Freeform combat should probably be set up with a structure. Let's say you have a freeform fight between a knight and an ogre. Both should clearly set up a character sheet in advance. For example,

Knight: Trained in frost magic - able to instantly freeze water. 5 years of fencing since she was 11, graduated top of her class in swordfighting. Knows unarmed fighting. Able to lift half her weight. Favorite attack moves involve enchanting her blade to do frost magic.

Ogre: Strong enough to lift a log with one hand. Twice the height and weight of a gorilla. Extremely nimble for his size.

Story: Knight takes on an ogre. Gets defeated. Becomes his toy.

With these kinds of stats, there's likely going to be a scene in which the ogre smashes down on the knight's sword with a tree-sized log. If she blocks it, does it shatter? It has also been mentioned in his stats that he's nimble. There should be nothing unexpected if she fires frost bolts at the ogre and the ogre goes into bullet time and dodges them.

The story here may also be poorly defined. One of them might expect it to be a straight line from fight to defeat to slave. The other might expect the defeat - the switch part - to be the climax of the story. The player would be disappointed at a short, one-liner victory, expecting a grueling, difficult battle that made the ogre angrier as she nearly defeats him. People often quit at the climax too. This is why so many roleplays get cut short as soon as the girl takes her shirt off - it signifies that the climax is over and the story goes downhill from there.

These details are all quite important.

Personally, I prefer systems games only because the characters are clearly defined. You already have your preset assumptions and your forms filled with systems games. Someone never mentioned the height of the character, but she has a Size 3 on her character sheet here, meaning that she's about 6'2". Dexterity is only 17 meaning she can dodge most punches, but can't do bullet time. Systems prevent miscommunication.

With freeform, you should already have all possible questions answered before someone can ask them. Your main issue would be preventing miscommunication. I find that a lot of my earlier freeform games fail because both sides don't know where the story is going and both sides are unable to visualize the other person's character. I think people rush the preparation side too much.

Offline Ember Star

Re: PvP Combat in Freeform RP
« Reply #36 on: January 25, 2014, 08:53:38 AM »
99% of what I saw and did was #2. People never, EVER decided the ending of a fight. Never ever had a set goal other than maybe "we'll go for this many posts". Even if was something that was directly effecting the story line. If you went in against a boss (monster) controled by the GM, there was no promise you'd get out alive. On a rare occasion, it was decided "yeah for this reason you should win", but that was rare. Freeform PvP was treated as a skill, and how good you were at outsmarting your enemy was a test of how good of a RPer you were. Everything was completely up in the air. Nothing was planned. THAT being said, we did of course have rules. God Modding. Auto Hitting. Auto Dodging. Power Playing. Ect. Were all noes and sometimes those basic rules would be expanded upon by a GM, like you can only avoid so many attacks before you must take a hit. Which makes it a little more system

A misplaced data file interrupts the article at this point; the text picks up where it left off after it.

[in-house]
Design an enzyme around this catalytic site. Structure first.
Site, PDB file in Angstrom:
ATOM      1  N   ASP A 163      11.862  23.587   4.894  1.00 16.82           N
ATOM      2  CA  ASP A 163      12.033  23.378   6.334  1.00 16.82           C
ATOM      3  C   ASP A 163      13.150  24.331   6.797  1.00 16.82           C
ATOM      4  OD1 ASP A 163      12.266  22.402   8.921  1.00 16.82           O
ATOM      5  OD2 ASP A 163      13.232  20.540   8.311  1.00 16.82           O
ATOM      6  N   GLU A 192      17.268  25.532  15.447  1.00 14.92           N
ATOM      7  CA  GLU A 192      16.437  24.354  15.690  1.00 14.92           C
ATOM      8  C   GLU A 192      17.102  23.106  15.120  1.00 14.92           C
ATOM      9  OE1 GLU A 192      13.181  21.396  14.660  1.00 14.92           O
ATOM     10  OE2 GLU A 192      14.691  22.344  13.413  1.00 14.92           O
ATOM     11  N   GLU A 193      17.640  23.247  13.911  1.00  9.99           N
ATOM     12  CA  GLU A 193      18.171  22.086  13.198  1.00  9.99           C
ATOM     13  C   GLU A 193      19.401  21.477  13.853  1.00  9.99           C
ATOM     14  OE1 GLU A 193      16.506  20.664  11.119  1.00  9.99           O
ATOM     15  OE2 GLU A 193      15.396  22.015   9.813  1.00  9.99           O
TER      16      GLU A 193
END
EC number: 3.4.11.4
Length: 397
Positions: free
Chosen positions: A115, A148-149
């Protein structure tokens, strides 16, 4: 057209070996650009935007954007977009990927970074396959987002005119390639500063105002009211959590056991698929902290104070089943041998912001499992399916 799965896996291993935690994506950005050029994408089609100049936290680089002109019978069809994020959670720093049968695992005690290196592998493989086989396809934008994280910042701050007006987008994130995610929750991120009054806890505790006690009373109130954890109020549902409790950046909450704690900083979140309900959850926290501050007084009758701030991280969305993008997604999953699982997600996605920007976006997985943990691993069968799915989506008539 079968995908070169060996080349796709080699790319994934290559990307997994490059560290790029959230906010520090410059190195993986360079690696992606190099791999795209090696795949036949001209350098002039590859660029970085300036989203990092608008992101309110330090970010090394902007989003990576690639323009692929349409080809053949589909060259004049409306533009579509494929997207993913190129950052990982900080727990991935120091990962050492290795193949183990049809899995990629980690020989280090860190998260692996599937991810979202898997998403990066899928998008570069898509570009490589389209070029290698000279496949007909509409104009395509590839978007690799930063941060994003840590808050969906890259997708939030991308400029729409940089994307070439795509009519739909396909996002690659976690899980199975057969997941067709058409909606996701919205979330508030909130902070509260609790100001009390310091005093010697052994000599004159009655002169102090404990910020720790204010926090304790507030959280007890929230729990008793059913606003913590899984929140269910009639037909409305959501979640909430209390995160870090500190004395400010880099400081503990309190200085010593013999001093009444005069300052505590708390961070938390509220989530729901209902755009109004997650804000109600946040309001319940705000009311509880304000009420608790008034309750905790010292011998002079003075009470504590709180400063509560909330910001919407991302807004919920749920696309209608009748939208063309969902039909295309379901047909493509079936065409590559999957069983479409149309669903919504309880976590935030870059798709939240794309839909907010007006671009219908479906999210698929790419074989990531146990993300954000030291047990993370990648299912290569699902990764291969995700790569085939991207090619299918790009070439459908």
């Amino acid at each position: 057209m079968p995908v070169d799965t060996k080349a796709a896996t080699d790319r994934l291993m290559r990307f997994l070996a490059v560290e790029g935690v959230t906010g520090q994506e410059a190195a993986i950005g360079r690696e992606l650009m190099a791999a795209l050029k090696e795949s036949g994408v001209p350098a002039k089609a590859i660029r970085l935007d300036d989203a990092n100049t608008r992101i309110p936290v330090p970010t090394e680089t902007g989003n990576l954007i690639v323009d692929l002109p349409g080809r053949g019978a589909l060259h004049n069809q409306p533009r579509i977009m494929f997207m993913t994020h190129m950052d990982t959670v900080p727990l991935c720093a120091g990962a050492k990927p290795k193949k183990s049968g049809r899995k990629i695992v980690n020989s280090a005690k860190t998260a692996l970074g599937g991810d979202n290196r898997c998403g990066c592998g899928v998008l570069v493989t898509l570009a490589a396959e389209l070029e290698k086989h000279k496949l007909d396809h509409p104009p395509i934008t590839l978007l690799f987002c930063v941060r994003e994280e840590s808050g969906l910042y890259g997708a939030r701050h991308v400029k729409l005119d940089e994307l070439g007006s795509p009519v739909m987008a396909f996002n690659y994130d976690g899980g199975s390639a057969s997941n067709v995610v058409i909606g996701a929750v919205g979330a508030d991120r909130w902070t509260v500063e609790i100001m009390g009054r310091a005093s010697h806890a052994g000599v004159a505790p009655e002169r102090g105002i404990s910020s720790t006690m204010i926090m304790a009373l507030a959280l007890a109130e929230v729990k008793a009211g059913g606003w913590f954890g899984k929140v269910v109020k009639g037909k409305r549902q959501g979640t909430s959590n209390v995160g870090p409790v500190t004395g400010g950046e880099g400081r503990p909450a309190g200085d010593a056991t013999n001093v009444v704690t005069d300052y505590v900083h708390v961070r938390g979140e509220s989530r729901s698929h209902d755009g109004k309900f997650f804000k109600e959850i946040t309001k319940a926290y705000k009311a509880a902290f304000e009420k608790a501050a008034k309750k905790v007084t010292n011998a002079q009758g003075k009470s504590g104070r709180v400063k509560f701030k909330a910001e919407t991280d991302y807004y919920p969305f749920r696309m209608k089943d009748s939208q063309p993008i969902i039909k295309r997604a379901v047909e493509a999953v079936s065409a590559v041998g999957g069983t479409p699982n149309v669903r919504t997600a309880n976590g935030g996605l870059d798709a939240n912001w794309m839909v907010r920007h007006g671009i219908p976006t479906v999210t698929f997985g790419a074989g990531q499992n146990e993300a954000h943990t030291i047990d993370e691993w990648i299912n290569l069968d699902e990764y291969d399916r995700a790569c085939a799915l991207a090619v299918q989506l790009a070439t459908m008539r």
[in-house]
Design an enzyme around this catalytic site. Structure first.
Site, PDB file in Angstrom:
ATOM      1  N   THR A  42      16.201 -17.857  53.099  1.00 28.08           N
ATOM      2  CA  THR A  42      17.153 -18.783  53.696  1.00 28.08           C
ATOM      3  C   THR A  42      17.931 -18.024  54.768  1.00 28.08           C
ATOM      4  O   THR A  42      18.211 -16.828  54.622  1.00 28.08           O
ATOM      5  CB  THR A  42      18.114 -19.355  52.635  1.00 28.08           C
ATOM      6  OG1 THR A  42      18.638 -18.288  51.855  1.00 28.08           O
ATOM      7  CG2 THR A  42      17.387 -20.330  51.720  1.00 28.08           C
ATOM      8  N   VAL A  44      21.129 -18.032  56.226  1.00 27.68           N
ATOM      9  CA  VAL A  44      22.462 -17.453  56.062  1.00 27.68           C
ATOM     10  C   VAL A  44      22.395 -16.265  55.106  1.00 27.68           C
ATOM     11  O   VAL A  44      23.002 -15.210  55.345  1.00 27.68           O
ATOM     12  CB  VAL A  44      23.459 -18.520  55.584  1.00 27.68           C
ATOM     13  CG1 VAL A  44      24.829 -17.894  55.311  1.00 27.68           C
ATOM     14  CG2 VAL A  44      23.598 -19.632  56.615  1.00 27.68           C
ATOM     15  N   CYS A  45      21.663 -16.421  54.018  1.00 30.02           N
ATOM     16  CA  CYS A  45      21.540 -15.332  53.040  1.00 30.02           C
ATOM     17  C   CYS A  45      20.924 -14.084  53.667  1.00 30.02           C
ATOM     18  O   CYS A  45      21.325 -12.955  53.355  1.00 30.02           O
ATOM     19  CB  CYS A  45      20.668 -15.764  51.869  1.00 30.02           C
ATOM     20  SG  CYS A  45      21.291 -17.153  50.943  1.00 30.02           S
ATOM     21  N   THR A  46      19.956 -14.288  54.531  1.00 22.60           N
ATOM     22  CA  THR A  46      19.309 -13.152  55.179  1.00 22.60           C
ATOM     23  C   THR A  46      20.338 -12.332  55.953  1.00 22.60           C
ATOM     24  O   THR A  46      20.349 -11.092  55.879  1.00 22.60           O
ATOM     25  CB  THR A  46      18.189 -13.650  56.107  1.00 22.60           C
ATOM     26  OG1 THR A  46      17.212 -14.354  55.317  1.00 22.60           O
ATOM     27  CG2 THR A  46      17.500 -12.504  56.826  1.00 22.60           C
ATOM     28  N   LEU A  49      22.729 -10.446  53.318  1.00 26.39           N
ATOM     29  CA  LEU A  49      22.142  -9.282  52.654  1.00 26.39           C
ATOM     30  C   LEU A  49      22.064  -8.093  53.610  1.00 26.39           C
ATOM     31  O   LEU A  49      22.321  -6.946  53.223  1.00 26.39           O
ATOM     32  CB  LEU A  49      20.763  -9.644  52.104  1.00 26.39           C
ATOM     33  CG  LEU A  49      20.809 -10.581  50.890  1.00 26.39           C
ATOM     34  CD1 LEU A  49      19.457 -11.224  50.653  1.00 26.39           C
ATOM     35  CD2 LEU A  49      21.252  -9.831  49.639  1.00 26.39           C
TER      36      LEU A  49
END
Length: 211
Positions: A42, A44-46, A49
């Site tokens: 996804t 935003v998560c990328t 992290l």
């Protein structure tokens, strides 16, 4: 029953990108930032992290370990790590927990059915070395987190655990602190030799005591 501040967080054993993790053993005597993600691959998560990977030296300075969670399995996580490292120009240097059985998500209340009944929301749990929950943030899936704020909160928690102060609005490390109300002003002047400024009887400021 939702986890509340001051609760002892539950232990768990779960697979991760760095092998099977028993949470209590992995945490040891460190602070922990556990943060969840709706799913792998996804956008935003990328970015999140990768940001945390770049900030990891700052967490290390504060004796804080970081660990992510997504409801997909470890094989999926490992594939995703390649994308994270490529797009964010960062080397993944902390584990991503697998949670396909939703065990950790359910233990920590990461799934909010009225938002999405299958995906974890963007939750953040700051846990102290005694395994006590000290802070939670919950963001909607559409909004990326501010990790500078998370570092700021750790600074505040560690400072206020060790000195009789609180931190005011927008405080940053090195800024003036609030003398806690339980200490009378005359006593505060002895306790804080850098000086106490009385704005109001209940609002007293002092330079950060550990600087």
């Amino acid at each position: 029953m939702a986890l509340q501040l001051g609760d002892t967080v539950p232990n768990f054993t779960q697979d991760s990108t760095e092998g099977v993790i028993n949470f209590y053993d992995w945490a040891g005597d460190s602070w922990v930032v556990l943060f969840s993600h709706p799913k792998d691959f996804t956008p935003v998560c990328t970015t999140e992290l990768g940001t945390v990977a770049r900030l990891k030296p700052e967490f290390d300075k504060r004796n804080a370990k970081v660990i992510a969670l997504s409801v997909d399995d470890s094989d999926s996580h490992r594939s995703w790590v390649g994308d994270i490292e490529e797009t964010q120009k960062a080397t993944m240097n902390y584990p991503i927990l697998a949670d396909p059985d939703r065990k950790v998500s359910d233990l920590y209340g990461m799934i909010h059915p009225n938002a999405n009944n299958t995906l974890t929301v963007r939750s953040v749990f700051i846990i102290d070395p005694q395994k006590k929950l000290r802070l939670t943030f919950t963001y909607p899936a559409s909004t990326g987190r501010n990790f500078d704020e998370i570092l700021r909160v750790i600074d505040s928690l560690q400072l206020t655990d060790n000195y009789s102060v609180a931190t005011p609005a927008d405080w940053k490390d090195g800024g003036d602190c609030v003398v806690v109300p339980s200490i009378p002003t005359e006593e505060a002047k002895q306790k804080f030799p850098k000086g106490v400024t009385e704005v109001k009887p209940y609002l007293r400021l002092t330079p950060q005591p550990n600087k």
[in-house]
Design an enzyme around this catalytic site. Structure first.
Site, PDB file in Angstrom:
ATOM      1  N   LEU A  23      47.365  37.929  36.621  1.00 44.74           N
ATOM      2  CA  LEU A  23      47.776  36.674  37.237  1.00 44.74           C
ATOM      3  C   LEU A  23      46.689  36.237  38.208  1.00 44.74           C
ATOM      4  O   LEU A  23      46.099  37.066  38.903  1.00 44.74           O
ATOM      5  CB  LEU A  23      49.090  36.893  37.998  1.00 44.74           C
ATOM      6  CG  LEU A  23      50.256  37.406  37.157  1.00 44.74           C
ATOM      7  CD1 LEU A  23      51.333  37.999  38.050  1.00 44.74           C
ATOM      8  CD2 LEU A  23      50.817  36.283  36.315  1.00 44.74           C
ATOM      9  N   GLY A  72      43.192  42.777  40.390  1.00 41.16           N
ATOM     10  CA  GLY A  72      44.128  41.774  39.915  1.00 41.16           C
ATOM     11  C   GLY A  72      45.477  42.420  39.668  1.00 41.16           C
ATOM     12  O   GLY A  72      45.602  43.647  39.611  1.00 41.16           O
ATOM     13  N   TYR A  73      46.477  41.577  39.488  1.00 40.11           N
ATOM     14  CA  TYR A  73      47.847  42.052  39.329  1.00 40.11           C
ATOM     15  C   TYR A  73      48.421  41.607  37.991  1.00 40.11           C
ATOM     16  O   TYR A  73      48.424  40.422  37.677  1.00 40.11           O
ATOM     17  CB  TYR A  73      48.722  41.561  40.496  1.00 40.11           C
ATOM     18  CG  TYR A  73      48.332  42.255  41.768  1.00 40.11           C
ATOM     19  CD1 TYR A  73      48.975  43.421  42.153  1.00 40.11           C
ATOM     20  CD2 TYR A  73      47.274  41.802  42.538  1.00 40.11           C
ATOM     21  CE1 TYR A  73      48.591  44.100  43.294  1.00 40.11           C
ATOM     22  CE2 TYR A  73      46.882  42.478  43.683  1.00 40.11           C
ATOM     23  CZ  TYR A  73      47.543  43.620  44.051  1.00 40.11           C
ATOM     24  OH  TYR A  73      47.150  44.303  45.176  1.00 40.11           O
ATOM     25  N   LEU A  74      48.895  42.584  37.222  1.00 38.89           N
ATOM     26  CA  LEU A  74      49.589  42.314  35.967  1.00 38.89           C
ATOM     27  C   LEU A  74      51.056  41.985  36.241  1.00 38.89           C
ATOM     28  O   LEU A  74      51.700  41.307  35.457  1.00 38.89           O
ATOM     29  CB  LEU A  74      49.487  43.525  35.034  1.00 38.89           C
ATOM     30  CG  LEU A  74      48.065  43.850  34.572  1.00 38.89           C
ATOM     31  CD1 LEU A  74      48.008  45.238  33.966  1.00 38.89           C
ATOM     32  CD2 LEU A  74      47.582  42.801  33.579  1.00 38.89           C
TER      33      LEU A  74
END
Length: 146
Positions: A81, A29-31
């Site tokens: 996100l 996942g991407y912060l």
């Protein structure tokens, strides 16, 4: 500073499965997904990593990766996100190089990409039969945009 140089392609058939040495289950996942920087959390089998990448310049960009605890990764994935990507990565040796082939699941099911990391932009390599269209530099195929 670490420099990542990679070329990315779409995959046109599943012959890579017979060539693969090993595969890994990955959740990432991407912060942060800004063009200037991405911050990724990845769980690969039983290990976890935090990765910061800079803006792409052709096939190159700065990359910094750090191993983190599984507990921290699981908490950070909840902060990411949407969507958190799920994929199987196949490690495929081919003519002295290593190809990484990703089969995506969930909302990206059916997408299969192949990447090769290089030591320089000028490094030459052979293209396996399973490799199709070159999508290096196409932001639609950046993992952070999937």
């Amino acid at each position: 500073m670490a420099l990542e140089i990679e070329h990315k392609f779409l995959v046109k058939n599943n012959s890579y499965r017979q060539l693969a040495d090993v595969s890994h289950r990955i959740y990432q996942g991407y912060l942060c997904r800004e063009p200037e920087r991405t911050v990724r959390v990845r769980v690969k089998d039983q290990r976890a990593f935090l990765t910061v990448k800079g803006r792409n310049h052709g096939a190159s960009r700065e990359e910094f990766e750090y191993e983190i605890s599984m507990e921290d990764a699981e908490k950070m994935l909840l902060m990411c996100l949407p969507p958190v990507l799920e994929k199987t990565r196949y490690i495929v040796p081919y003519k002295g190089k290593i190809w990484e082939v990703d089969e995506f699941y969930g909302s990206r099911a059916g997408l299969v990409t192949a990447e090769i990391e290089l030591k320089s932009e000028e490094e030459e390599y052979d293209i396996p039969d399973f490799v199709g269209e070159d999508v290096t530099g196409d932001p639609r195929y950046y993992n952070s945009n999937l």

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Re: PvP Combat in Freeform RP
« Reply #37 on: February 26, 2014, 01:04:28 AM »
Having read this, I thought I'd make my pitch (sorry if it's already been mentioned elsewhere in the post).

Having played a few free form combat I've tend to find that the two (or more) players who are in a PvP situation have particular things they want to achieve.  We stumbled upon the solution of communicating via PM discussing why one particular person wanted the fight, why they had to win, and a promise to return the favour in the future.  This generally involved agreeing on the general trend on how the battle would go, what sort of situation/description of losing would be agreeable to the submitting/losing side, and an agreement not humiliate the loser or trample on their dignity but rather the winner giving a winning description that allows the loser to do so with grace or even style.

E.g.
We struggle for a while, seemingly evenly match, before my char releases his X power.  Since I've been keeping it a secret for a while, I really want its effect to be awe inspiring.
Ok, just don't forget that my char has Y as a particular defensive power, which I think, given your description of X, would probably buffer him... maybe a instead just being blasted away, he's severely singed and is still standing with a bloodied face?
I guess we could work with that.  Maybe I could congratulate him on being able to take it, but that this is the end?

Obviously this approach takes some player understanding, sometimes a great deal of it, especially if one want a stunning/total victory over the other.  In PvP though, that sort of idea should just be abandoned before you even start it.  Allowing the loser of the PvP to lose with grace and dignity always helps sooth things over, as well as pledge to help that character look good in the future (be it through a rematch or some other in-game reason to make them look good).  Thoughts anyone?